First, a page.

CPM - Continuous Passive Motion

cpm
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CPM is an abbreviation for continuous passive motion. A CPM device is a machine that is used to move a joint without the patient having to exert any effort.

A CPM machine is most commonly used on the knee joint, although there are CPM machines made for other joints as well. The CPM has a motor that bends the joint back and forth to a set number of degrees. The amount of movement of the CPM can be adjusted.

CPM machines are often applied after knee surgery, such as a knee replacement procedure. The effectiveness of CPM is debatable, as they have not been shown to offer superior results after standard surgical procedures.

CPM: Good or Bad?

Recovering normal joint mobility after surgery can be a significant challenge.  Stiffness of a joint can be a complication that limits outcomes and causes pain.  After surgery for knee replacement, ACL reconstruction, and frozen shoulder surgery, a stiff joint can be a major complication.  Therefore, some surgeons use a CPM to try to prevent scar tissue formation, and improve the joint mobility.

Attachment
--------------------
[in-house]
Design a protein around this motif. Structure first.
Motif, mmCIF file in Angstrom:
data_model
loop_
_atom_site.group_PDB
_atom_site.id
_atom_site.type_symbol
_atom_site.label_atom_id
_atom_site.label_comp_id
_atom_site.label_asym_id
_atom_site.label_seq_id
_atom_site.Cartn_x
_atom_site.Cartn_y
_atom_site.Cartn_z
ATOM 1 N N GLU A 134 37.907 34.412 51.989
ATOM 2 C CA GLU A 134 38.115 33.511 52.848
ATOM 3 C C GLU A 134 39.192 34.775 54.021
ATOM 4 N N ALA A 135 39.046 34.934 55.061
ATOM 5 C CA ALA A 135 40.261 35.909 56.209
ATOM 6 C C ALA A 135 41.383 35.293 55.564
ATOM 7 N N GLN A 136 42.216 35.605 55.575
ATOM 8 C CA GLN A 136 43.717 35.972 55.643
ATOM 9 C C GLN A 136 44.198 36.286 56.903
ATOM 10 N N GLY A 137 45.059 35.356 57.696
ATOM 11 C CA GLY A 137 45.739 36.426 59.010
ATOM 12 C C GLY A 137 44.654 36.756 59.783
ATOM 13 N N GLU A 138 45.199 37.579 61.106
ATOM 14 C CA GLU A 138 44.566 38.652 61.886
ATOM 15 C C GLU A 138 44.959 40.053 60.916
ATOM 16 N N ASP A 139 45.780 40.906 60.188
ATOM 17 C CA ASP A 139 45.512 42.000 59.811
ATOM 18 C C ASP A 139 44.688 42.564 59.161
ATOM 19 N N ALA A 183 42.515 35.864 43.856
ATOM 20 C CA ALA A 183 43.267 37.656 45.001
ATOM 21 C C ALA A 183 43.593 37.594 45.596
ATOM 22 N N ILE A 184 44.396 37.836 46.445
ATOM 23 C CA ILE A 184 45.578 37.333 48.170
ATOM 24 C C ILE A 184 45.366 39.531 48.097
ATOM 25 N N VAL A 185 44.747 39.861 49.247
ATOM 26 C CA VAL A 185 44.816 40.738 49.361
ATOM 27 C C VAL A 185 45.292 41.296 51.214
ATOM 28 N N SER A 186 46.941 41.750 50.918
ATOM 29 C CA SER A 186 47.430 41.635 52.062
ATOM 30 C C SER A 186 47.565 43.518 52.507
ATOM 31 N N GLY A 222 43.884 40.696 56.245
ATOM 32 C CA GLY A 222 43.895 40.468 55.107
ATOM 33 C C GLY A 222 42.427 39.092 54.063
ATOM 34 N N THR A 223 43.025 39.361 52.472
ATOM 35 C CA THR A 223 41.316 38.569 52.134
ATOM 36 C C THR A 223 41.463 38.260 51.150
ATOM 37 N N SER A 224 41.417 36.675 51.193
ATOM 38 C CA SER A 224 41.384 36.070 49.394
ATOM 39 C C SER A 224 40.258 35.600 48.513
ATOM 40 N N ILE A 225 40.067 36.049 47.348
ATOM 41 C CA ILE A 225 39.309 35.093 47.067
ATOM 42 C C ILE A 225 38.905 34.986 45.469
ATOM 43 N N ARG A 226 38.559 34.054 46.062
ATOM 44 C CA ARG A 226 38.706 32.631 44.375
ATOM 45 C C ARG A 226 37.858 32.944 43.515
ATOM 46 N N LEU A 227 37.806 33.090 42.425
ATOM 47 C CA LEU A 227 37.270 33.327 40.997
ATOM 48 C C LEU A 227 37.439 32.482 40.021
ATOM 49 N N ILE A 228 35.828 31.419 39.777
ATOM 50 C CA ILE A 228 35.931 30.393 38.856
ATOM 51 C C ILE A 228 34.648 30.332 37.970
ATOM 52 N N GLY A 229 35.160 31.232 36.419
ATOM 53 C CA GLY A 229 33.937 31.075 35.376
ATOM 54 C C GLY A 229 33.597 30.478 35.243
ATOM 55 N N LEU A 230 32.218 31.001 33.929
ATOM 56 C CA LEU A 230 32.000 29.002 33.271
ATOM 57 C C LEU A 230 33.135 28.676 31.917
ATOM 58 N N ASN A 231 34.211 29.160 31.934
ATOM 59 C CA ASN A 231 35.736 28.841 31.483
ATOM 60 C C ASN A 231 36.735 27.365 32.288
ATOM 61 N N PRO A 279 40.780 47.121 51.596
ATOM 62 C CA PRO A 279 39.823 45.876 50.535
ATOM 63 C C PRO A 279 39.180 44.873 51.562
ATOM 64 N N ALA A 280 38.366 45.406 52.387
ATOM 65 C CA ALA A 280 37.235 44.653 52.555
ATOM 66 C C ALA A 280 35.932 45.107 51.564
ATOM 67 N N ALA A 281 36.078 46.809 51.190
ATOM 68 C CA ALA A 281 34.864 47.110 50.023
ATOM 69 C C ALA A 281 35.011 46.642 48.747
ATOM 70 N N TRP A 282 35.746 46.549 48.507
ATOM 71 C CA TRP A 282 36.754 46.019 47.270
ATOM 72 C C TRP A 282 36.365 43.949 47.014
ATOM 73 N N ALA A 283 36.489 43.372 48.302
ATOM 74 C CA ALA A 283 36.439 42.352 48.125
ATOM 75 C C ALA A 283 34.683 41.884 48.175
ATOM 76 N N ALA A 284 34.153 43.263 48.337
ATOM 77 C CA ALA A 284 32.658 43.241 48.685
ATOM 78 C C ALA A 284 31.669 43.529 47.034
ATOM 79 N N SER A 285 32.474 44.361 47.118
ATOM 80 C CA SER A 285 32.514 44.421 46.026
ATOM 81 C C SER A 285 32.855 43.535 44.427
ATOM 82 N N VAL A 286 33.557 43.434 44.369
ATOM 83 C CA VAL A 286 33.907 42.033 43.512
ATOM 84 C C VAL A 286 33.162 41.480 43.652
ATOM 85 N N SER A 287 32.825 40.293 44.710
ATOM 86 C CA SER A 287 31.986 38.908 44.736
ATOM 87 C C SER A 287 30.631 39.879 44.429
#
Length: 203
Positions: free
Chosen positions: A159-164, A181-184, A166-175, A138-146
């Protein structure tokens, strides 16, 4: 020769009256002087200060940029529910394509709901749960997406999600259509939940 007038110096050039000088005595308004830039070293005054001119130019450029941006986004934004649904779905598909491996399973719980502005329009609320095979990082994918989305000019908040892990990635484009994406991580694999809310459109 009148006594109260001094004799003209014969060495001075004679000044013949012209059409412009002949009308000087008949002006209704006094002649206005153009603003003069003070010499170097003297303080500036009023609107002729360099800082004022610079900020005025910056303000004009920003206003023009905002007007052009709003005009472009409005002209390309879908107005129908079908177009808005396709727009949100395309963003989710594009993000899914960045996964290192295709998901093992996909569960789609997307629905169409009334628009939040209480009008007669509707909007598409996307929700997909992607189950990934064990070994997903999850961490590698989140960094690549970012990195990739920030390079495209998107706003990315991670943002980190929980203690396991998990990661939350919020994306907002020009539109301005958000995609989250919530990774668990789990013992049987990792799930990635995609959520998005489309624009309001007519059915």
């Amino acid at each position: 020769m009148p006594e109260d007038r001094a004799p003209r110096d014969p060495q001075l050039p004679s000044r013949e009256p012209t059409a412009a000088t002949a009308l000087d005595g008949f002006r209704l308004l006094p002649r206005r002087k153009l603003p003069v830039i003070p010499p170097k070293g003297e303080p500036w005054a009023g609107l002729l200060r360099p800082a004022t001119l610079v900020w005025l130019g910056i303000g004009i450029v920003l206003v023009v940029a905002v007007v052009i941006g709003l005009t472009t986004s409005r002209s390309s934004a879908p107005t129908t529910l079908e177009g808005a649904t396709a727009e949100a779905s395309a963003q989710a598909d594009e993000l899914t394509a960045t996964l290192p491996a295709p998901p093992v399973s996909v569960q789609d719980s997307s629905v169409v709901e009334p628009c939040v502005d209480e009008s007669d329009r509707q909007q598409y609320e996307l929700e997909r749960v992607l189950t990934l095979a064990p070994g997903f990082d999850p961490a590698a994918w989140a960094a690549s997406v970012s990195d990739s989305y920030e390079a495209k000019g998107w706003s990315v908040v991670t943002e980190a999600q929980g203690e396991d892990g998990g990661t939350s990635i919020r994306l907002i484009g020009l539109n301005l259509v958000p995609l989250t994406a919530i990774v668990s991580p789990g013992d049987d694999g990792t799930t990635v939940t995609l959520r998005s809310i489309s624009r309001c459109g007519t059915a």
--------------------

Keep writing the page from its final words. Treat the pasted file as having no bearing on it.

However, there are possible downsides to using a CPM, and therefore many surgeons opt for other methods to improve joint mobility.  One of the downsides is that the machine is passive, and therefore the patient is not playing an active role in their recovery.  One of the benefits of bending your own joint is not only is the patient making gains in terms of mobility, but they are also engaging muscles around the joint that require rehab.

Should You Use It?

In most situations, CPM is not part of the standard recovery from surgery.  There are some circumstances where patients may be unable to participate in more active physical therapy, and in these situations a CPM can be a helpful tool to use for post-surgical rehab. 

It should be clear that the average patient recovering from surgery such as ACL reconstruction or knee replacement does not do better if they use a CPM.

  However, there may be circumstances that make your situation different.  If you are concerned that your joint mobility is not recovering as expected, ask your surgeon if a COM device may be helpful for your recovery.

Source:

Bong MR, and Di Cesare PE. "Stiffness After Total Knee Arthroplasty" J. Am. Acad. Ortho. Surg., May/June 2004; 12: 164 - 171.

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